The palace itself bears the hallmarks of the Renaissance Revival style; designed on an elongated rectangular floor plan, the palace is positioned along the north-south axis, with the monotony of both of its shorter façades broken through the addition of avant-corps at the edges as well as square towers with truncated corners, adjoining the façades in the middle. The palace features a tall lookout basement. The middle section of the palace is a two-storey structure, whereas the side avant-corps feature an additional attic storey. The three-storey towers are topped with tall, four-sided spires.

The front façade and the garden façade both follow an eleven-axial layout, including the single-axis corner extensions. The individual storeys are separated by profiled cornices. A plain frieze framed by a pair of cornices runs above the ground-floor level. The garden façade as well as the façades of the towers and the eastern avant-corps at the corners are adorned with decorative rustication in the form of horizontal grooves. The three middle axes of the front façade take the form of a subtle avant-corps preceded by a terrace and topped with a plain roof parapet surmounted by a free-standing sculpture of a woman, which had originally formed part of a more elaborate ensemble. The edges of the avant-corps are accentuated with rusticated pilasters. A balcony positioned on the middle axis of the first-floor level projects from the front façade, accessible through a balcony door topped with a round arch and flanked by paired pilasters supporting a crowning cornice taking the form of an entablature. An annex with a rounded front section is positioned in the middle of the garden façade, standing on the site of the former terrace. A roof parapet surmounted by a free-standing sculpture of an eagle rises above the crowning cornice. The garden façade features a pair of avant-corps at the edges, with rounded outer corners and projecting porticos; each portico features a terrace at the top, supported by a pair of rectangular pillars. The windows of both façades are rectangular in shape, with the first-floor windows being framed by profiled surrounds and adorned with window headers in the form of cornice segments.

The Gothic Revival manor house lies in the northern part of the surrounding park. It was designed on an L-shaped floor plan, with the longer wing positioned alongside the east-west axis. The eastern part of the corps de logis of the manor house features an embedded tower designed on an octagonal plan, adjoined by a portico with rectangular pillars towards the east. Initially, the manor house was a single-storey building, with the projecting sections (avant-corps) featuring an additional garret. Later on, however, a second storey was added above the southern suite of rooms. The north façade features a porch in the middle, flanked by a pair of single-axial avant-corps with triangular gables. The southern façade follows a ten-axial layout with two-axial avant-corps at the edges, likewise crowned with triangular gables. The wall of the western avant-corps, partially obscured by a single-storey annex, is adorned with polygonal corner pillars topped with low finials. Its triangular gable is topped with crenellation. The front façade is accentuated by broad niches topped with Tudor arches, incorporating pointed-arch windows at the ground-floor level. The crenellated parapet rising above the series of niches provides the finishing touch. A series of rectangular windows piercing the wall at the second-floor level, right below the crenellation, is a later addition that was not part of the original design. The western façade features a subtle, single-axial avant-corps in the middle, topped with a triangular gable. The southern section of the wall is topped with a crenellated parapet. The tower is a three-storey structure with a decorative frieze above the ground-floor level and a cast iron balcony encircling the third storey, supported by decorative corbels. The top section of the structure is graced by a crowning cornice incorporating plain, rectangular panels, above which rises the crenellated parapet with stepped battlements. The walls of the tower are pierced with pointed-arch windows, accompanied by blind windows which follow a similar outline.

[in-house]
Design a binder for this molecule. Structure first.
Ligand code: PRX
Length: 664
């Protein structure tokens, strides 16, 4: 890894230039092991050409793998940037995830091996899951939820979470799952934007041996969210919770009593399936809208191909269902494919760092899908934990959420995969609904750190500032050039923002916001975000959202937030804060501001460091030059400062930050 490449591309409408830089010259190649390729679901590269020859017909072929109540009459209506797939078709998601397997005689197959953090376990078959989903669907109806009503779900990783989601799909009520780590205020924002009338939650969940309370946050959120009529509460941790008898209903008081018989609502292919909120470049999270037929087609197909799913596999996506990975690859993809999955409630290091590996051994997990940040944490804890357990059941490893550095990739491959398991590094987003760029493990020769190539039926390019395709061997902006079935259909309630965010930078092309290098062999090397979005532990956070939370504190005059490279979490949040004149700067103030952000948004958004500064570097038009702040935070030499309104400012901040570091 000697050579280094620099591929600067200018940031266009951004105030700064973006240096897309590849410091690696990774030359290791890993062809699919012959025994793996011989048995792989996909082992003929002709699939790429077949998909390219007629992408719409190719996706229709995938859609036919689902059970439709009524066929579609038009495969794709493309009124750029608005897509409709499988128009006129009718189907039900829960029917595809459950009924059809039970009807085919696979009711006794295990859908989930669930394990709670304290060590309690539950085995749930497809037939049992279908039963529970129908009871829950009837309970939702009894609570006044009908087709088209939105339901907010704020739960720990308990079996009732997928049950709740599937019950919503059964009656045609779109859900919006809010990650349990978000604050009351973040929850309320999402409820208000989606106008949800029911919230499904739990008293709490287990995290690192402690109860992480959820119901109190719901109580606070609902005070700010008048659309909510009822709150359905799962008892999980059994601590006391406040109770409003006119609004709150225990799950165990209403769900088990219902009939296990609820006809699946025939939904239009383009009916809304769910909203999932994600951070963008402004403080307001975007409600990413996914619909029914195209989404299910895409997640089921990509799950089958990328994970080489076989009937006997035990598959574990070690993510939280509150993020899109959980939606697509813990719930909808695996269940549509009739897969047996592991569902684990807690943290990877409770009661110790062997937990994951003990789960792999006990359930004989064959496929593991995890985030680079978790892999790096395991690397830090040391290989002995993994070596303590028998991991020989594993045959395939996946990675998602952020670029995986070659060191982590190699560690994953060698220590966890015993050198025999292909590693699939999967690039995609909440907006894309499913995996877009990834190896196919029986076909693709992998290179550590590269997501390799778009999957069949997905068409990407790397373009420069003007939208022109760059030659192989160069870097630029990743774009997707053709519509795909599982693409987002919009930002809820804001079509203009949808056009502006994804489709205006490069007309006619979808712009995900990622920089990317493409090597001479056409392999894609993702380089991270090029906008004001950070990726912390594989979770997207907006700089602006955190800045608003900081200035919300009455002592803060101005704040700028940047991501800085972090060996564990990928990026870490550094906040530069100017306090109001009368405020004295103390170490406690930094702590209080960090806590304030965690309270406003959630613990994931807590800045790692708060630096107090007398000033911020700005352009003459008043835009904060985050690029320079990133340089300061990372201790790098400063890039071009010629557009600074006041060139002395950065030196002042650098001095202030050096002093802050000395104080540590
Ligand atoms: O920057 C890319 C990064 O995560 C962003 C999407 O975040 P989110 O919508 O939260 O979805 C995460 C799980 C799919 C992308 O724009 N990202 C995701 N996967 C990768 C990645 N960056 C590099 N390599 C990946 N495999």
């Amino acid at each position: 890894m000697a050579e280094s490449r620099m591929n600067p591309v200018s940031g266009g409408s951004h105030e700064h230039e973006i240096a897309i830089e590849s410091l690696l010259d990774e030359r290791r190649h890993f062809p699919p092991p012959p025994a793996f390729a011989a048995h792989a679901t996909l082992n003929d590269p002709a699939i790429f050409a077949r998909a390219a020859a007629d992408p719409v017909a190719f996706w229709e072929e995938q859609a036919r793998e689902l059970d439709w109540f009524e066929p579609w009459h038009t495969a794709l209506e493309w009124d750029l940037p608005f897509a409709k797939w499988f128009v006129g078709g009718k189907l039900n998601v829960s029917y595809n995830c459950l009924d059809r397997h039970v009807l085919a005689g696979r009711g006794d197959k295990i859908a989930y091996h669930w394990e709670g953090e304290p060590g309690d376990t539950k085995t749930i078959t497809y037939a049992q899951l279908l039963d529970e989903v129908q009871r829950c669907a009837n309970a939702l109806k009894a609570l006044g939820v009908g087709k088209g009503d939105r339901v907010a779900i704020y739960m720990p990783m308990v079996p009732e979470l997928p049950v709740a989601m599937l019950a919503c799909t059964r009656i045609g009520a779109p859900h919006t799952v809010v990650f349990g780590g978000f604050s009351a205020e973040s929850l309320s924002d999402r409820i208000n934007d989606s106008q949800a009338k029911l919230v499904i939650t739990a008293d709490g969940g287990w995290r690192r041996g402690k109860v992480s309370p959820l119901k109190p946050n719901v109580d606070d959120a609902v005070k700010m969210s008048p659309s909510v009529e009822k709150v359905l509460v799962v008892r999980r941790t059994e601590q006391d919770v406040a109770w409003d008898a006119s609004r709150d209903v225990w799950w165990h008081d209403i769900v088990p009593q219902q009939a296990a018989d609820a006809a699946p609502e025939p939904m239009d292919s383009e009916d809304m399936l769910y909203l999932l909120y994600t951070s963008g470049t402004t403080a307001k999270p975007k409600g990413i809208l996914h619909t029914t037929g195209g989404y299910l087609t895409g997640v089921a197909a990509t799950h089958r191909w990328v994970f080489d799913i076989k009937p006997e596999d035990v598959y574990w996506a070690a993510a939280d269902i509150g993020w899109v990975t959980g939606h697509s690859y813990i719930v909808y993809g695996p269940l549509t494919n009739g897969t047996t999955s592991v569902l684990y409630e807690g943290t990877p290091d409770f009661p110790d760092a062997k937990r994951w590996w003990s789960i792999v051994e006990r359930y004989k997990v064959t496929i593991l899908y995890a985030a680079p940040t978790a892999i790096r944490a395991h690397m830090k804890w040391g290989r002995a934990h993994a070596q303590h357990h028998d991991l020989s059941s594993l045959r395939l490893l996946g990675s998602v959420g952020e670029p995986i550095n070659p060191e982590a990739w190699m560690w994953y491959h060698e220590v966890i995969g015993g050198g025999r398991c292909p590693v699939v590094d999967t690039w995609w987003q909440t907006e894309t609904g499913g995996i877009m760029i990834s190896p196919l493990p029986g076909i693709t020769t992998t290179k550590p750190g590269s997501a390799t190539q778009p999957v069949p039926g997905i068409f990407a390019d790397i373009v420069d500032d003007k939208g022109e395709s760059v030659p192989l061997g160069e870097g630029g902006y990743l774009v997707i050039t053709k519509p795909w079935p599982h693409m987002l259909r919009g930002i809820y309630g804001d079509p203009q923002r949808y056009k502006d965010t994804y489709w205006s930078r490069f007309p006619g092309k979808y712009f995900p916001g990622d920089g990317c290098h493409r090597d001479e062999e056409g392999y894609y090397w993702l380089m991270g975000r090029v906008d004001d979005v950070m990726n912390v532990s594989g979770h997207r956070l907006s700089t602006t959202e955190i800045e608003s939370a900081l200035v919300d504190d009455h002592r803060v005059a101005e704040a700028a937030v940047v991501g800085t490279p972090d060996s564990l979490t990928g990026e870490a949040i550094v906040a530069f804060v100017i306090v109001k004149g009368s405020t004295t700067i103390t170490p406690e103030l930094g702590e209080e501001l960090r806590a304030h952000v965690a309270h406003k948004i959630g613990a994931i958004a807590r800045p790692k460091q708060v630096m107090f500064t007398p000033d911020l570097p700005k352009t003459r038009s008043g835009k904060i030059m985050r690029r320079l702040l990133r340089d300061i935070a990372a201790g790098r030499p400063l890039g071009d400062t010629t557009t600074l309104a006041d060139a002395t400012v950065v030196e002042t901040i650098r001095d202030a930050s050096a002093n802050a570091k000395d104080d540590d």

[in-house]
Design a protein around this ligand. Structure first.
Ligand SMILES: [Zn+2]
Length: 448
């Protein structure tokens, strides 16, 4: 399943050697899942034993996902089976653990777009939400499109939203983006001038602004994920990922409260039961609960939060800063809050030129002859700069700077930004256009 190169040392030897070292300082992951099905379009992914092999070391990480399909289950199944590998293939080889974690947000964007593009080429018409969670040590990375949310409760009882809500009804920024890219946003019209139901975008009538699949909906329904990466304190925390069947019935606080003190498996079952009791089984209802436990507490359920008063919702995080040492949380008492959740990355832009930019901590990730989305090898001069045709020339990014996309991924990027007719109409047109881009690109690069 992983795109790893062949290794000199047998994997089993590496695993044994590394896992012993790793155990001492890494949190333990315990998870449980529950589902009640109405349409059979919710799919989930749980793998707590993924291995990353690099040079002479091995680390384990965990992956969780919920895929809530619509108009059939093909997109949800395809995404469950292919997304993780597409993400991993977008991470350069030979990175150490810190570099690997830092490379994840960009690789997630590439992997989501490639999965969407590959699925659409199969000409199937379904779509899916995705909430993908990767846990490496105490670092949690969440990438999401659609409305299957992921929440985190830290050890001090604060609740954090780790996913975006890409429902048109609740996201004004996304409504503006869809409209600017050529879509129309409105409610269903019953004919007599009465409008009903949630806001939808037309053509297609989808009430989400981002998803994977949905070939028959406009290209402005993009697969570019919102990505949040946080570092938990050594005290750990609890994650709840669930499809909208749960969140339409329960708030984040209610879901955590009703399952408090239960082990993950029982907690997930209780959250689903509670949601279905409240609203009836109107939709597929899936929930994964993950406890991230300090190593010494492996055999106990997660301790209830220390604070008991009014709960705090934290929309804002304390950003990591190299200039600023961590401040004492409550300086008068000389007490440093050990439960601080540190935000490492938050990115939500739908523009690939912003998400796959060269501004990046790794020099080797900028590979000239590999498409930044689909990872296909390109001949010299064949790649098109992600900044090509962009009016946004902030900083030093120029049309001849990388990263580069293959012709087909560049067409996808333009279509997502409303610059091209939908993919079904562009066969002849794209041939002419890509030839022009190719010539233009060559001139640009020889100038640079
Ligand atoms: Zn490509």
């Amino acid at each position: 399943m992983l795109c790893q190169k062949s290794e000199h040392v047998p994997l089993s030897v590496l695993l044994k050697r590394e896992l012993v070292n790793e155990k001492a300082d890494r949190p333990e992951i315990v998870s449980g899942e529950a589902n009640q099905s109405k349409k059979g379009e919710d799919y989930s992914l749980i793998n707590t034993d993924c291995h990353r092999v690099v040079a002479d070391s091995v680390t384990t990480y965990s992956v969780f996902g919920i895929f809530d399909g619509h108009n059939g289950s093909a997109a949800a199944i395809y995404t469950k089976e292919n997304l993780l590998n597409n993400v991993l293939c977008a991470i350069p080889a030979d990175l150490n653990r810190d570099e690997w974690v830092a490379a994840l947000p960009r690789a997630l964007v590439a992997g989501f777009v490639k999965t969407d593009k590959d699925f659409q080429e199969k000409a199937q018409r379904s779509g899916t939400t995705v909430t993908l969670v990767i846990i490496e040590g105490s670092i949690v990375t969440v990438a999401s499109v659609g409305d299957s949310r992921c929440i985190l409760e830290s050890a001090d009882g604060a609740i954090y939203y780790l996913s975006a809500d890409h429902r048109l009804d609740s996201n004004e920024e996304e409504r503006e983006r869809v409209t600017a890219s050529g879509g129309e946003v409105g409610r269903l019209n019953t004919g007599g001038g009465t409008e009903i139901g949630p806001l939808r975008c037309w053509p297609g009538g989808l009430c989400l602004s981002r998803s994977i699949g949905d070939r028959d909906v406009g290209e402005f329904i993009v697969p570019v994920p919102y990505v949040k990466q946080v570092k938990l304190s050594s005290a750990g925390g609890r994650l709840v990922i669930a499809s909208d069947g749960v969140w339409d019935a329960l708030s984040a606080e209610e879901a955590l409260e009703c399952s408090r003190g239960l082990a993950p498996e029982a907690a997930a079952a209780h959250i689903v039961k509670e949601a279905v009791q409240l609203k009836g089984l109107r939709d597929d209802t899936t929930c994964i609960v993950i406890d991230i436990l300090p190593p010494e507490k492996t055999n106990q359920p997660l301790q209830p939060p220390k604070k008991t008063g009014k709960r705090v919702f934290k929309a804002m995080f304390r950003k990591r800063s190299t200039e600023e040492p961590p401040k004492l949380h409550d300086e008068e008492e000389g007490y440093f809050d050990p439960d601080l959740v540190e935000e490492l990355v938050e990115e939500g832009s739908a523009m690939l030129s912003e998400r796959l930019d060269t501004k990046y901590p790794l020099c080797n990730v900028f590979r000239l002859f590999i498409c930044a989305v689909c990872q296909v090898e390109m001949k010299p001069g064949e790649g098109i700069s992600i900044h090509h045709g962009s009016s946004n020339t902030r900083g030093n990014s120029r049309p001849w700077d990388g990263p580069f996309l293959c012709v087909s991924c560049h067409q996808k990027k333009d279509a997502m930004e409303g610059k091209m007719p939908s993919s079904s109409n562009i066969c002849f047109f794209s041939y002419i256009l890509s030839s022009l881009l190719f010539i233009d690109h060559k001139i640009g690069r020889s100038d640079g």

The former aviary is a timber-framed structure based on timber posts with diagonal braces supporting the purlins of its mono-pitched roof. The front (southern) façade is an open structure with a brick parapet between the pillars. The other façades are likewise made of brick, with windows providing illumination of the storage rooms and lavatories.

The site is inaccessible to visitors. Revitalisation works are currently underway.

compiled by Piotr Dąbrowski, Regional Branch of the National Heritage Board of Poland in Toruń, 14-12-2014.


  • Katalog Zabytków Sztuki w Polsce, vol. 11, Województwo bydgoskie, issue 18, Włocławek i okolice, T. Chrzanowski, M. Kornecki (eds.), Warsaw 1969, pp. 48-57.

General information

  • Type: palace
  • Chronology: 1873 r.
  • Form of protection: register of monuments
  • Address: Wieniec
  • Location: Voivodeship kujawsko-pomorskie, district włocławski, commune Brześć Kujawski - obszar wiejski
  • Source: National Heritage Board of Poland